This paragraph confirms, once again, that antitrust is an odd legal animal and that general legal principles often apply to it with a twist. It also confirms that antitrust is a discipline in permanent evolution, which is why many of us enjoy it (and even write blogs about it).
But perhaps more importantly, the reflection that this paragraph triggers is that the “changing content” of antitrust as opposed to other disciplines means that it is a product of common sense distilled from decades of experience on individual cases and of established economic thinking rather than a product of political preferences embodied in a statute. Changes in competition law are (most often) dictated by logic applied by technical bodies and judges, not by political agendas. I made already many of those points here.
It is important not to forget this at a time when some, at least in the EU, are talking about changing/adapting the content of the competition rules (i.e. to replace those decades of distilled thinking by a more hands-on approach on the part of legislators, which would imply the adoption of rules guided by the political concerns of the day and not by the evolution of technical knowledge).
As not-so-serious readers of this blog, you’ll probably also be interested by the language used both in the Opinion and in the dissents. Justice Kagan describes the product at issue as “a toy that allows children (and young-at-heart adults) to role-play as “a spider person”, when describing IP protection explains that “Patents endow their holders with certain superpowers, but only for a limited time”, and after referring to a “web of precedents” reasons that “as against this superpowered form of stare decisis, we would need a superspecial justification to warrant reversing Brulotte.” In sum, the Opinion concludes that “what we can decide, we can undecide. But stare decisis teaches that we should exercise that authority sparingly. Cf. S. Lee and S. Ditko, Amazing Fantasy No. 15: “Spider Man”, p. 13 (1962) (“[I]n this world, with great power there must also come—great responsibility”)”. And these are only some examples (our great intern, Pablo, found many others J)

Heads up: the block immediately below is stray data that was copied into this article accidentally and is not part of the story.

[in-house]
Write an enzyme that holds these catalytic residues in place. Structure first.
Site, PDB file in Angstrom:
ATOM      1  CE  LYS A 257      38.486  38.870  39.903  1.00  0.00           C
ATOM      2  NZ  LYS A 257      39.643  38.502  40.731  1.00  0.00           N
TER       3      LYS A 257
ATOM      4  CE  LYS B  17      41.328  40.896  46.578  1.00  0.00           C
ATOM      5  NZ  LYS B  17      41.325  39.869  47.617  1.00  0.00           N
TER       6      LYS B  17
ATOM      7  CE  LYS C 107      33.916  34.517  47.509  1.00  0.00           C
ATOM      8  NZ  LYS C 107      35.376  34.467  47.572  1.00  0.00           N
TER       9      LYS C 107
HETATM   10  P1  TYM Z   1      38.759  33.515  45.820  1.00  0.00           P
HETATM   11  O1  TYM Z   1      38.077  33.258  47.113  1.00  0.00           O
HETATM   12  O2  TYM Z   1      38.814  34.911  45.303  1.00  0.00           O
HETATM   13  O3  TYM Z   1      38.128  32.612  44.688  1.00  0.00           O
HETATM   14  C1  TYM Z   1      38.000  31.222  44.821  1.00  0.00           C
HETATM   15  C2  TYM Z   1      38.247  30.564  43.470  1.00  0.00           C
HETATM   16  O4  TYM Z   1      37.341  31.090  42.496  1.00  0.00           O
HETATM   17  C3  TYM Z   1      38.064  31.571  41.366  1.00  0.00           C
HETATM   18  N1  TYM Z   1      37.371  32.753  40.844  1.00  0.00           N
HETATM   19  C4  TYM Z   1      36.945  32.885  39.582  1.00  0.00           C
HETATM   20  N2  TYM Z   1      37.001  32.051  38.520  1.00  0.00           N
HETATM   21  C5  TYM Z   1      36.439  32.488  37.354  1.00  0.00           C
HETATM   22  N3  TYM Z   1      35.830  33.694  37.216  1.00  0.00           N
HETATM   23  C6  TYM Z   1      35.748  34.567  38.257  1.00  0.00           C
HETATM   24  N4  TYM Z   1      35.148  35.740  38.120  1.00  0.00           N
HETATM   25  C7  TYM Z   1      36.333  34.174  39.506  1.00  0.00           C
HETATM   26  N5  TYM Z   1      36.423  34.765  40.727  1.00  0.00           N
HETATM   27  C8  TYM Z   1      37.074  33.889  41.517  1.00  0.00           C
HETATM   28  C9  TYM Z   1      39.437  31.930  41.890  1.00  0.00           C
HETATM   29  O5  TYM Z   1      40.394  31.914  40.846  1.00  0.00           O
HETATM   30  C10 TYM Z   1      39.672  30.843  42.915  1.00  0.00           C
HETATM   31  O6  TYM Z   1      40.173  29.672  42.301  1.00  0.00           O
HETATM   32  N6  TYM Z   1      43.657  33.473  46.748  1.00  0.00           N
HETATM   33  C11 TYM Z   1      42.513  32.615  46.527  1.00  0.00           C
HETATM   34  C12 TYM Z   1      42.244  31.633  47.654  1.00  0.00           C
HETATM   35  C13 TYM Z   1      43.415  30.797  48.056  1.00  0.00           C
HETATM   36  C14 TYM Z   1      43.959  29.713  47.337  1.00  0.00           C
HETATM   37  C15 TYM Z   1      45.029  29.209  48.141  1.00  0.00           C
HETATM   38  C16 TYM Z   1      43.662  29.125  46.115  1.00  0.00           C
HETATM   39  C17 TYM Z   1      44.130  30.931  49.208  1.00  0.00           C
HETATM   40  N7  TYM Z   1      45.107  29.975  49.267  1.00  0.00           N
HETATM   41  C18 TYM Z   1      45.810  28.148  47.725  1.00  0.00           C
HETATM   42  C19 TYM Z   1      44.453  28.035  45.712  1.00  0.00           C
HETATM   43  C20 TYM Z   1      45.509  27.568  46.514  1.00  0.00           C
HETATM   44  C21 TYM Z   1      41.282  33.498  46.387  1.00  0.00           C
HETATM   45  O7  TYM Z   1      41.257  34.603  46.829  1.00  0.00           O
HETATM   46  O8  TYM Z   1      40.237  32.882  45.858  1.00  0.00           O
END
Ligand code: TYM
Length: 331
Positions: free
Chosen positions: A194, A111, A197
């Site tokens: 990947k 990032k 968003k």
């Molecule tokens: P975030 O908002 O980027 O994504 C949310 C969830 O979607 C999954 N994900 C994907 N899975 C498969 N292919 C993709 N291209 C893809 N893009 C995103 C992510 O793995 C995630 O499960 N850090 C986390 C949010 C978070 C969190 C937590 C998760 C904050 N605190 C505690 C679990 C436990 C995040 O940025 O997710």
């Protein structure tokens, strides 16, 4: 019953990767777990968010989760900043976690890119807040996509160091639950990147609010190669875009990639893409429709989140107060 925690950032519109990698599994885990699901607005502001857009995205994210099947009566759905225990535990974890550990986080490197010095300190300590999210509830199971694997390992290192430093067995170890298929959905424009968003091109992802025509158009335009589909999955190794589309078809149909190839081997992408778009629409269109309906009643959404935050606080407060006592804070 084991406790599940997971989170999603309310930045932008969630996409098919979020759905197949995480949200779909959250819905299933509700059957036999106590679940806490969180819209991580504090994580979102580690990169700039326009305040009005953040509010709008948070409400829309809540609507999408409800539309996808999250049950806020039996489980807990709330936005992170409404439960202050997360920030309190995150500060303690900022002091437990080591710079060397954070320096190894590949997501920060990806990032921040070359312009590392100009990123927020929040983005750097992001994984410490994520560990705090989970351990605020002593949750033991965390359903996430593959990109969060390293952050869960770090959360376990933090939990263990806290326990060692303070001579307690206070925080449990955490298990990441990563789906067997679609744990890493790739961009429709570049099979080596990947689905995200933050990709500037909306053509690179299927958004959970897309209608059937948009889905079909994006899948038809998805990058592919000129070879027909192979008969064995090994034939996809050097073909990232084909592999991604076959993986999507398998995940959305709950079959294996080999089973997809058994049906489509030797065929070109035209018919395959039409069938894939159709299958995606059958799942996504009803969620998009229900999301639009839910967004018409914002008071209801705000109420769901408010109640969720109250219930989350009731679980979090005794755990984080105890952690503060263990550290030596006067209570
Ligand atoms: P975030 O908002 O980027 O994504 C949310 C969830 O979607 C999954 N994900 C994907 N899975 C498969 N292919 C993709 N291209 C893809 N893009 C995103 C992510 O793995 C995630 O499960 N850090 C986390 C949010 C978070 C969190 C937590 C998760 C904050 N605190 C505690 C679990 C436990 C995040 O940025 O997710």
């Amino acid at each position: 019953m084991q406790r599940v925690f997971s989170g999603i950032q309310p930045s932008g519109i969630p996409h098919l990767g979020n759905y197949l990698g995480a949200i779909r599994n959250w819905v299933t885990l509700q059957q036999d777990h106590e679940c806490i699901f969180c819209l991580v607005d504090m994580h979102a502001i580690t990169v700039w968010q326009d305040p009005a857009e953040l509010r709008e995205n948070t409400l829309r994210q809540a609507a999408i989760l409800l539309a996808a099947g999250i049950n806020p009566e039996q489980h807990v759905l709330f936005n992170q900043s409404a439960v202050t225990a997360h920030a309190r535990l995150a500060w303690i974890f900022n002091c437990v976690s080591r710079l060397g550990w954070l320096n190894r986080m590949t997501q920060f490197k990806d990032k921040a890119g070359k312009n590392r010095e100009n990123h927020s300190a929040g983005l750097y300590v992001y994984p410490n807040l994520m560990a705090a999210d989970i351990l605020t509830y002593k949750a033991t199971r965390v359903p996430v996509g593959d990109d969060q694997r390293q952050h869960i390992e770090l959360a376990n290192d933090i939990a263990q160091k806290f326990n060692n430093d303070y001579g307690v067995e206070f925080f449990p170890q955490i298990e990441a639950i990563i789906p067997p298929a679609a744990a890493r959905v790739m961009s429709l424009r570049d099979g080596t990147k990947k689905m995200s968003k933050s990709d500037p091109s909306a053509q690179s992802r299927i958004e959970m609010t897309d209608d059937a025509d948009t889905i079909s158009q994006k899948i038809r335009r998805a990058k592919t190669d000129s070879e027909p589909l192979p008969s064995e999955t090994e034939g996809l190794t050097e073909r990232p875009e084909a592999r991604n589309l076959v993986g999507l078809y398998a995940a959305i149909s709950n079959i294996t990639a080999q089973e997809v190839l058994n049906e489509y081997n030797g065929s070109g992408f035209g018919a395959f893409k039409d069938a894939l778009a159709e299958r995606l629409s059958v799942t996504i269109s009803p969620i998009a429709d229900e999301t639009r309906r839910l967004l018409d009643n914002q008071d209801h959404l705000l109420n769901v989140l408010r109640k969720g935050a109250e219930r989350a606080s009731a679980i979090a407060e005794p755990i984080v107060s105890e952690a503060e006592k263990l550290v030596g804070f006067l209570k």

P.S. And speaking of the US Supreme Court, this past week it featured in the news for reasons other than antitrust and superpowers. As you know, in an Opinion authored by Justice Kennedy (of which many have highlighted the last paragraph), the SCOTUS declared bans on gay marriage unconstitutional. This Opinion and the dissents (particularly the controversial ones by Scalia and Thomas) have once again revealed how fascinating those characters are (admittedly, in Europe we have recently learnt that it is not only there that Courts fight internally…).If you have a few minutes, I would very much recommend reading this on Scalia’s dissent, this on Thomas dissent, and, above all, Richard Posner’s brilliant take on the whole thing. [By the way, if you’re interested in knowing what insult Scalia would have for you, click here] I was fortunate enough to take US Constitutional Law with Michael Klarman (who that year won the prize for the best rated professor at Harvard Law School) and possibly the best thing about the lectures were the myriad anecdotes he told about the Justices. Anyone interested in these should read this extraordinary book. Anecdotes aside, and whereas there are a bunch things I don’t like about the Supreme Court, there are a couple that I wouldn’t mind importing to the EU; one is the drafting style and the other is the fact that submissions, transcripts and recordings of hearings are publicly available (